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-- jefferson wrote to martha when he became president ghani, can i come see? she never answered i don't think but she said, washington said i never want that man on my property. >> it's right after washington's death and in particular martha had a very powerful statement about her distaste for jefferson. i may bring up a little more language here. we're gonna talk about union quite a bit, but the word union in his address it's all through this address, words like unity and union, unity of government which constitutes you want people -- that were now always jumps out of me. --
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of your safety of your prosperity, of that very liberty which is so highly prize. this statement of the union is powerful and this again is not the only chunk of the address that touches on this. john how do you take this? >> this is quarantines little bit of what joe was describing. washington is watching the creation of a nation. he is very conscious of the fact that he's creating a national character through the example of his character, the decisions he makes as a president. it is a hard sell, he looks at himself as a virginian first, or new york are first, or south carolinian first. so washington is trying to say all the time that no, this
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works because of the federal government. it is a guarantor of your liberty. you are not safe from strife. you don't necessarily have property rights unless we have a strong central government. it does mention journalists i might point out, but you know so people show up to new york and they signed the bill of rights, but they are representing their constitute constituents, not political parties. that's a later invention that will be discussed later. washington is constantly trying to say, through all our differences are nothing if we can't focus on what unites us rather than what divides us. you see so many the arguments we still see today. the debate with sea largely urban folks saying we need a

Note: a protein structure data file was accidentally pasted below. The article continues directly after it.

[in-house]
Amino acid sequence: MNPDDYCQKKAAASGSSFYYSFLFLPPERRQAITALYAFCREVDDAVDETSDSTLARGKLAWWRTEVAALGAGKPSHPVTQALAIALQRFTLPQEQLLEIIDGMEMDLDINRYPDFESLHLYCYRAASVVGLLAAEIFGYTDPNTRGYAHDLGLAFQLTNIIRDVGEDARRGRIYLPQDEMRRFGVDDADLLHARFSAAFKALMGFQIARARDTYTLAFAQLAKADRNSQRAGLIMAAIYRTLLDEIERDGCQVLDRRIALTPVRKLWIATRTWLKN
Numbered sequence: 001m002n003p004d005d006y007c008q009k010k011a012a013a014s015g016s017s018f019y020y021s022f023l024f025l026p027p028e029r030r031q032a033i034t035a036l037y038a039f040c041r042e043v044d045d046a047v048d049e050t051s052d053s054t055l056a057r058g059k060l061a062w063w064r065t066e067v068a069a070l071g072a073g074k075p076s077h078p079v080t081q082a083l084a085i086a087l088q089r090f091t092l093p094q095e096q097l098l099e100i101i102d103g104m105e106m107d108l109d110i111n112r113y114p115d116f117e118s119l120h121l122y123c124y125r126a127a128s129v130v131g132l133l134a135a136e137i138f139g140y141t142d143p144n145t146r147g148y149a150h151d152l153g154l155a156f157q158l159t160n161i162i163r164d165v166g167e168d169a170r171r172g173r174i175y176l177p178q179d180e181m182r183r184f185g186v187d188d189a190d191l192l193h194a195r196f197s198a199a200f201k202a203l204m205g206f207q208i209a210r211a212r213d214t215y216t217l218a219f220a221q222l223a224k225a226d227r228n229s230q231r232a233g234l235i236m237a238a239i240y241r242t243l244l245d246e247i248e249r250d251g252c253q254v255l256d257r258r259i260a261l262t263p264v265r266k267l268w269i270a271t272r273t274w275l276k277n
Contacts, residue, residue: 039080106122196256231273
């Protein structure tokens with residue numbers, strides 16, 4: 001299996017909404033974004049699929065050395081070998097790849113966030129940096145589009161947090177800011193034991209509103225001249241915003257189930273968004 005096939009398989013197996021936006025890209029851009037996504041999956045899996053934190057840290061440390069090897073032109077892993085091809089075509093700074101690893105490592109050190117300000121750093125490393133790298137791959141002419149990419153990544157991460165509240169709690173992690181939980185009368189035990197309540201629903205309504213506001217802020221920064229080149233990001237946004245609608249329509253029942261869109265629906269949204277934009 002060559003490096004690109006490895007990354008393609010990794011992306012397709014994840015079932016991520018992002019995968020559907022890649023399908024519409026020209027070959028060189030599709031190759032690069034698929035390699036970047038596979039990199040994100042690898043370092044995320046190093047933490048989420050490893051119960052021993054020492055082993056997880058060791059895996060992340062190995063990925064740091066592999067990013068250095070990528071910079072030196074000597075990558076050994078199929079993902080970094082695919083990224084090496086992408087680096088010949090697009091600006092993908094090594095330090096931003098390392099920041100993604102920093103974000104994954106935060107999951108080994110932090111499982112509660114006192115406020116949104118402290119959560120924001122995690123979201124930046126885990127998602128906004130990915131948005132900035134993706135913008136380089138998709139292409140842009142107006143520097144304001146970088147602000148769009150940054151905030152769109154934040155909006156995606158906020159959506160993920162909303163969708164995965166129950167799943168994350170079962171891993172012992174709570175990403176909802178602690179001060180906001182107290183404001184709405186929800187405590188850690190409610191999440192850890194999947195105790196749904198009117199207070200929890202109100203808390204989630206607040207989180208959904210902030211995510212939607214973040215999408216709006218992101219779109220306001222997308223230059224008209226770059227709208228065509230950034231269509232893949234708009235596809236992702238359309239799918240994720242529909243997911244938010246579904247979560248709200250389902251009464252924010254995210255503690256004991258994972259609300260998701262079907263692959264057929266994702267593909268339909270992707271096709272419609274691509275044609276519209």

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stronger central government to unite the nation, and primarily rural folks say that strong central government is a threat to our way of life. that is a continuity and in american debate that goes from the constitutional to convention through till today. washington clearly on the side of a stronger central government and emphasizing there is a balance to be struck. it's not all on one side of the ledger. the primary project is emphasizing the creation of a nation. full stop. >> what are your thoughts on washington immunity? >> [inaudible] [inaudible] what he is saying with having a strong [inaudible] this is again another credibly [inaudible] 21st century [inaudible] the goal is to have
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rules authority obedience to the rule of law. will safeguard your liberties you don't get to have a free-for-all of whatever you want. as a modern society, we accept that [inaudible] and we're not allowed to drive drunk, that is a limitation that we expect to preserve for our liberties and freedom. [inaudible] obviously they didn't have cars and 1786 when he was writing this, but the concept is true so the concept of part of a free society, you have to accept certain limitations, and this is relevant coming on the heels of the rebellion which was two years prior to his address. [inaudible] there is a constitutional mandated way one can air once grievances.